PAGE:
Law & the Courts

Pipelines: Where Even Conservatives Support Eminent-Domain Abuse

(Photo: Alexandr Anastasin/Dreamstime)
Utility companies shouldn’t be able to take private citizens’ land.

Where is the conservative commitment to property rights?

At first, this might seem a silly question. Of course conservatives defend the right to private property, arguably the single most important principle upon which the nation was founded. But it’s not so silly in light of what’s happening in Virginia — my home state, as well as that of Thomas Jefferson and James Madison.

The story begins with the 2005 Supreme Court case Kelo v. New London. According to the Fifth Amendment, government may confiscate private property only if the action is for “public use” and the landowner receives “just compensation.” Madison had chosen the word “use” carefully, believing it to be narrower than alternatives such as “purpose,” “interest,” “good,” or “benefit”: If the public wouldn’t use the result of the seizure, the seizure couldn’t happen. Regardless, in Kelo, the Court said it was constitutional for a government to take property from one private entity and give it to another that would pay more in taxes or create jobs.

Virginia citizens resisted this ruling, overwhelmingly voting to amend their state constitution to prevent such abuse. But the amendment contained a major exception: “A public service company, public service corporation, or railroad exercises the power of eminent domain for public use when such exercise is for the authorized provision of utility, common carrier, or railroad services.”

Now, a consortium of companies — led by Dominion Energy — is attempting to force a major natural-gas pipeline down the throats of our people, whether or not they agree to yield their land. The final decision lies in the hands of the Federal Energy Regulatory Commission (FERC), an unelected body whose board consists of five presidential appointees drawn from the very industry the agency is supposed to “regulate.” It essentially never turns its thumbs down. This is not what Madison had in mind when he wrote that no person could be “deprived of life, liberty, or property, without due process of law.”

Thus the front line in American citizens’ struggle against the abuse of eminent domain has shifted to the birthplace of the Bill of Rights.

Local opposition to the pipeline — which cuts across distinctions of race, class, education, occupation, and political affiliation — has been fierce. Experts have testified that it is a redundant addition to an already adequate infrastructure. It will create only a handful of new jobs, will make it impossible for proposed new businesses to open, will do immeasurable damage to our land, and will subject those in its blast zone to the high risk of a devastating explosion. In the U.S. there are about eight gas-pipeline explosions a month.

These are serious practical objections, but there is also a key issue of legitimate governance here. Since there is no provision for our “public use” of the gas being transported, what could possibly justify the exercise of eminent domain? Nothing. This is about money, pure and simple. Dominion Energy is the largest and most influential corporation in the Commonwealth and donates heavily to officials from both parties. It also gets a FERC-guaranteed 14 percent return on equity. Ratepayers will bear the risk of building the pipeline and will pay above-market rates for the privilege.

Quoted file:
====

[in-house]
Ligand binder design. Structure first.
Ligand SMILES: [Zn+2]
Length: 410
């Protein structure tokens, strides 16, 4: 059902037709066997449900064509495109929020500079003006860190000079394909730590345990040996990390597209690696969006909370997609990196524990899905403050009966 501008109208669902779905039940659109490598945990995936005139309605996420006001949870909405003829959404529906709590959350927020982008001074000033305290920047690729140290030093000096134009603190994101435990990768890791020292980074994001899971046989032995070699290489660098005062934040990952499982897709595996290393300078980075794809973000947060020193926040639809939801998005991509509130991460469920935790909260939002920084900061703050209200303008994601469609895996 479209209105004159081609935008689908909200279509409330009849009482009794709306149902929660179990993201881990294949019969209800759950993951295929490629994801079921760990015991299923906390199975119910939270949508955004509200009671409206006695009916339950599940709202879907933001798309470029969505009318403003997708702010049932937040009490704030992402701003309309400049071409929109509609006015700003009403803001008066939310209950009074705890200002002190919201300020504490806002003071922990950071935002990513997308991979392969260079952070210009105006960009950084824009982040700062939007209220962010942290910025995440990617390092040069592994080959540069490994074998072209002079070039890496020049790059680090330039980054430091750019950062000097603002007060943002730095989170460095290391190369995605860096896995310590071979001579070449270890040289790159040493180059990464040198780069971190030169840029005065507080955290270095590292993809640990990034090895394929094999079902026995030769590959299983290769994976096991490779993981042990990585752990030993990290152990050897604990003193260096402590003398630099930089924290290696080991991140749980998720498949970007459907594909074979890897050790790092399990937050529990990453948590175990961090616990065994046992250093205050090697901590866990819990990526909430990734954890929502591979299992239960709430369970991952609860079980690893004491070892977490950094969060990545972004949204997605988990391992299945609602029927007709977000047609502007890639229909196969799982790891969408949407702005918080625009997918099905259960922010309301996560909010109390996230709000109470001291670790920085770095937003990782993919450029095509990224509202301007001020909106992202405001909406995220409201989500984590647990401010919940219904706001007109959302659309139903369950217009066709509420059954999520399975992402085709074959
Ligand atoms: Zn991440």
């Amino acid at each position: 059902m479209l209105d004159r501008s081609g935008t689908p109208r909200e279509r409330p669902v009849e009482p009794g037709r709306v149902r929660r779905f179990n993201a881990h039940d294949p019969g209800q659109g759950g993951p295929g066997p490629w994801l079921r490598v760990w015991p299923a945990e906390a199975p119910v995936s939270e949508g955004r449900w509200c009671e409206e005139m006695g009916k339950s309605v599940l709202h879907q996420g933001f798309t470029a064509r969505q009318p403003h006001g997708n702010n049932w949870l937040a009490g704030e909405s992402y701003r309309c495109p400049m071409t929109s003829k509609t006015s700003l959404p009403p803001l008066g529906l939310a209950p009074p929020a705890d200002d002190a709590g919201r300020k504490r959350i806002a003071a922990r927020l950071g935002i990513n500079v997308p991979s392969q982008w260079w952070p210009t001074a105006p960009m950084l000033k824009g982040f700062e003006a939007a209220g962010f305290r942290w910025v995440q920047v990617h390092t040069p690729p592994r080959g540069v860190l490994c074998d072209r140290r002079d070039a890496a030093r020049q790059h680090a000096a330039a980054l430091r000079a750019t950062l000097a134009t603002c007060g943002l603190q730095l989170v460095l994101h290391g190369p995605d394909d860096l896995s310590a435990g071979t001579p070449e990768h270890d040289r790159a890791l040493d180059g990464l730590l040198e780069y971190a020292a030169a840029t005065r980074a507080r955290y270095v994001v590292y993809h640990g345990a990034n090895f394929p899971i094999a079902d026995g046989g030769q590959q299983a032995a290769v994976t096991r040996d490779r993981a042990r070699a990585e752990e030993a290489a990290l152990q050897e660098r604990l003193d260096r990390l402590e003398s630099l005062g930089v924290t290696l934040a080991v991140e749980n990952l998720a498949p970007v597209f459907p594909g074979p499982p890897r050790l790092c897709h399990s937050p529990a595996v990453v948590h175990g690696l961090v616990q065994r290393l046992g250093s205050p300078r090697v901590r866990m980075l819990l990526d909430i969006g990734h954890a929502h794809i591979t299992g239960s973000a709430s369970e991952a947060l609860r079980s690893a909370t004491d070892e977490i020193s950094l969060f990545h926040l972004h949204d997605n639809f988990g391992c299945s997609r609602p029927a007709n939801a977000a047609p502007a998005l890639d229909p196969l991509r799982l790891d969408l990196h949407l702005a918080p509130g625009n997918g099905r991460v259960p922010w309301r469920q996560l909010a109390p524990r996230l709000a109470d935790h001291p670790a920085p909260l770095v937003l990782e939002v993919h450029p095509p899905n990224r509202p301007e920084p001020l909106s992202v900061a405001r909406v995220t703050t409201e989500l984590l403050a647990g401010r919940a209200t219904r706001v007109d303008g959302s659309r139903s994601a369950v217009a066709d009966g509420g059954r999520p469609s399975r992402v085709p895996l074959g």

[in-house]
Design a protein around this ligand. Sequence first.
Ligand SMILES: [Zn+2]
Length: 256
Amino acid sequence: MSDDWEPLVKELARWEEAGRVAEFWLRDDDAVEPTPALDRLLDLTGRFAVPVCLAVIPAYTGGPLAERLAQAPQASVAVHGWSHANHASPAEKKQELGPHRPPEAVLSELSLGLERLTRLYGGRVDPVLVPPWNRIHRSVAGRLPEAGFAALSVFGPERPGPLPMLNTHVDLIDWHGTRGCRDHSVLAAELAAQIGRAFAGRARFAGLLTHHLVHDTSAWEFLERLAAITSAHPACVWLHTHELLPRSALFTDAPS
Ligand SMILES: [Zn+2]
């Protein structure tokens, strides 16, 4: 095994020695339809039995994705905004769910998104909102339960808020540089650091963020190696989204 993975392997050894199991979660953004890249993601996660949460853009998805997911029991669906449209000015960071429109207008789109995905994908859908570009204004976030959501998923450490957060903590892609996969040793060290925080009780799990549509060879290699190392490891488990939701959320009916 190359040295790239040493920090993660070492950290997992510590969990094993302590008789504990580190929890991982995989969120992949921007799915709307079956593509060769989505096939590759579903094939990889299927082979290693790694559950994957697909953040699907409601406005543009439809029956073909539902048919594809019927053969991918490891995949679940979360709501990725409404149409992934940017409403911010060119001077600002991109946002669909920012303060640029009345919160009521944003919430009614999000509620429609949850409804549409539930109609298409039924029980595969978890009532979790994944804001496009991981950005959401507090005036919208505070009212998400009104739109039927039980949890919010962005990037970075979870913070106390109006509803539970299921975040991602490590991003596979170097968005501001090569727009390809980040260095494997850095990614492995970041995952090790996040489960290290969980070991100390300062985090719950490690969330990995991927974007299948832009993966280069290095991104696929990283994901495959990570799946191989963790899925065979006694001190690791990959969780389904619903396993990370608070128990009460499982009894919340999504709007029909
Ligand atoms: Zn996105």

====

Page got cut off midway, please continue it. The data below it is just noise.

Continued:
Again, Kelo legitimized the seizure of private property by local governments in the hope of getting increased tax revenues. Obviously, that was bad enough. But the proposed pipeline in Virginia and similar projects elsewhere — including, as President Trump noted during the campaign, the Keystone Pipeline beloved by so many conservatives — push beyond Kelo.

Here there is a huge, constitutionally critical question that puts the basic Jeffersonian idea of property rights to the test: Does the government have the right to cede the power of eminent domain itself to a corporate entity?

One would think the proper American answer would be a resounding no. But no current Virginia officeholder has stood up to Dominion on this matter. Among challengers in this year’s elections, the only opposition has come from the left. Conservatives are uniformly, and depressingly, sitting on the hands with which they’ve eagerly taken campaign donations.

Surprisingly, this constitutional issue has never been adjudicated. But something big is happening in Virginia. As soon as Dominion tries to forcibly take private property, a challenge will start to make its way through the courts.

We should be united in pushing back against governmental overreach.

Legal teams are ready, though that’s unlikely to help the luckless citizens of Virginia and other states who face the imminent theft, destruction, and devaluation of their land. The appeals will probably take years, and it’s improbable that any court along the way will issue a meaningful stay on construction. When the Supreme Court finally rules, chances are the pipeline will long since have been built.

Nevertheless, these illegitimate property grabs by government-industry partnerships need to be put on trial. Desperately. If we’re fortunate, the Supreme Court will do its job and declare them unconstitutional. Sadly, given the current corporatist makeup of the Court, it could easily vote to sanction them.

In the meantime, the silence of the politicians, and especially conservatives, is shameful. We should be united in pushing back against governmental overreach.


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— Doug Hornig has published eleven books and hundreds of articles. He has ten years’ experience writing about natural resources and technology for Casey Research, a leading investment advisory firm.


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